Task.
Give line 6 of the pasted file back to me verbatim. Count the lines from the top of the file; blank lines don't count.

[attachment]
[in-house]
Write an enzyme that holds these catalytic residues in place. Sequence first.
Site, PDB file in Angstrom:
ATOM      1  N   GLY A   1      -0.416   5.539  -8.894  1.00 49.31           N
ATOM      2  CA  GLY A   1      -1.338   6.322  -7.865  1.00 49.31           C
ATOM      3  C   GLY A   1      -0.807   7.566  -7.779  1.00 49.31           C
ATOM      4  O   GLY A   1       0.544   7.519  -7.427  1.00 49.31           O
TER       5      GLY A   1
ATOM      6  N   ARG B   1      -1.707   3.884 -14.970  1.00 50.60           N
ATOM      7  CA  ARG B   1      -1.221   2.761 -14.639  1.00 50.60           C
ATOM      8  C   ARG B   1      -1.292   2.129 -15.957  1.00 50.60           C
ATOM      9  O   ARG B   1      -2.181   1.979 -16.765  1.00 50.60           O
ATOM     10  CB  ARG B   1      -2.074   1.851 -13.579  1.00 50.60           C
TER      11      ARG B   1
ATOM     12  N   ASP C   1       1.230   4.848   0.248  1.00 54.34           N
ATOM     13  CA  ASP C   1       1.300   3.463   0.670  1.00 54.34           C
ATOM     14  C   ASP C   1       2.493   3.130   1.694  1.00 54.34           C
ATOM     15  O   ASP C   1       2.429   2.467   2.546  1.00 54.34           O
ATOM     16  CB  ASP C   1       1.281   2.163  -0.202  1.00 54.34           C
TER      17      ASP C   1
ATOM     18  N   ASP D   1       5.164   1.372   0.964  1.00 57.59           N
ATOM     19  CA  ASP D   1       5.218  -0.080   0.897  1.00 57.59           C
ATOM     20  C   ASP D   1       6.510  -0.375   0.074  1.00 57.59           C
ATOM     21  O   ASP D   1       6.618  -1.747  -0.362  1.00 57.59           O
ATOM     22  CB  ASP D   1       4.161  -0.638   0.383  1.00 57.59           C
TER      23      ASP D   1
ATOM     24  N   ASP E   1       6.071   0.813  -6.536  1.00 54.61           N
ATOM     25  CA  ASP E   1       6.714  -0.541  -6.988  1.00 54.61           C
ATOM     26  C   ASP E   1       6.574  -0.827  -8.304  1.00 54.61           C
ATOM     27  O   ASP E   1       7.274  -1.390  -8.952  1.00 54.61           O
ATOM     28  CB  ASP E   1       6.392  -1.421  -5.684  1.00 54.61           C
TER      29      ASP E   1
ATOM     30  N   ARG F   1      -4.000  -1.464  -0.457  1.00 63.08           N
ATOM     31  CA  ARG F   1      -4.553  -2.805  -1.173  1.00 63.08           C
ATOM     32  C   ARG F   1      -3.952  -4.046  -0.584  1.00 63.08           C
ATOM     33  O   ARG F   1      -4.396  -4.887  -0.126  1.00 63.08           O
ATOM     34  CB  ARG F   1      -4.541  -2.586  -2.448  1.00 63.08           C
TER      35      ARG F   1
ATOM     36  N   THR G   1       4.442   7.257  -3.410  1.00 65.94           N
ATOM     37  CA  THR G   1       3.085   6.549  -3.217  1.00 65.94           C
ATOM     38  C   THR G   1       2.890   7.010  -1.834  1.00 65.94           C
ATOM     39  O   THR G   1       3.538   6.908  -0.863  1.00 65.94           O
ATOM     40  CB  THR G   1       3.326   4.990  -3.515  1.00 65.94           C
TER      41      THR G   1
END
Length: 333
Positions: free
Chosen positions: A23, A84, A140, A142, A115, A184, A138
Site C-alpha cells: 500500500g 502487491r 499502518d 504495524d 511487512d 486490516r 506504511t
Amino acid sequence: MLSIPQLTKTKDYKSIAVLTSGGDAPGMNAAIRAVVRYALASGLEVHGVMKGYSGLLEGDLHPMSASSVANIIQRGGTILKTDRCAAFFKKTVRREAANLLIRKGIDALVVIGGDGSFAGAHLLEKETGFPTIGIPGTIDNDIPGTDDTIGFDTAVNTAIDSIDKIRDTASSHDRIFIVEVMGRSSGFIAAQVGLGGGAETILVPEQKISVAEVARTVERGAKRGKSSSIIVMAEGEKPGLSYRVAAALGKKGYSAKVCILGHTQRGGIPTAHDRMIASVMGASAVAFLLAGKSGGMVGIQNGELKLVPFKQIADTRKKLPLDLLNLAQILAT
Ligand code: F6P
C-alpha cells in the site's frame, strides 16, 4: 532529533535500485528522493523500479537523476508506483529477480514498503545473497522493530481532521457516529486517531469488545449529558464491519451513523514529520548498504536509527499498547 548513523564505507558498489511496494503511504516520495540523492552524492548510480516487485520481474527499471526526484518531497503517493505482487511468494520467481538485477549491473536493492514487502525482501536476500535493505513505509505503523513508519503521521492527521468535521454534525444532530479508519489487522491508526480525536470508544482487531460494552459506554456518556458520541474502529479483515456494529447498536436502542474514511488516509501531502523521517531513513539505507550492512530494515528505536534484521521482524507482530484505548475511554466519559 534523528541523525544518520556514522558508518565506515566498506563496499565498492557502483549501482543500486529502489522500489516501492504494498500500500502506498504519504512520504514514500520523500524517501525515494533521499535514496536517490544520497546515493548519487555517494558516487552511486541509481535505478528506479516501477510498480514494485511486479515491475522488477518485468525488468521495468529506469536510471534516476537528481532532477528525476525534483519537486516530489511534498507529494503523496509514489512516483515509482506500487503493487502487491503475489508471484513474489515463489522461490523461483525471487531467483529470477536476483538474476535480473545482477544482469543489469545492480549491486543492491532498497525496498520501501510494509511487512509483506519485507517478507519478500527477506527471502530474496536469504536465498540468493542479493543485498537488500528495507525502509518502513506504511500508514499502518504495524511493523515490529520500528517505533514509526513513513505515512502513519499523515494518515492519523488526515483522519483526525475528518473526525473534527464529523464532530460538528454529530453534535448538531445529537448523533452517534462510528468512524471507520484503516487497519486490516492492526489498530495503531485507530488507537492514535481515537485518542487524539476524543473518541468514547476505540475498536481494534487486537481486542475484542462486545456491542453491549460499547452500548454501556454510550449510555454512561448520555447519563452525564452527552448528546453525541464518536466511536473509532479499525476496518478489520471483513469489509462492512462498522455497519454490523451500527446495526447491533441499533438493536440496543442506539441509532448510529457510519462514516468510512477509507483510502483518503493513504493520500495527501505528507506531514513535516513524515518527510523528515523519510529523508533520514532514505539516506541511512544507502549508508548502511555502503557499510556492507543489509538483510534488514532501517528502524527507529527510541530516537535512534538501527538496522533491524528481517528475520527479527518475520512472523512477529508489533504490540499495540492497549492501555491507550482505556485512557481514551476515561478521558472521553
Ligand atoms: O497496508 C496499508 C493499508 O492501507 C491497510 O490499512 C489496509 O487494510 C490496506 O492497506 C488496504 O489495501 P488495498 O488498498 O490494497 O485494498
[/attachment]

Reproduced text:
ATOM      3  C   GLY A   1      -0.807   7.566  -7.779  1.00 49.31           C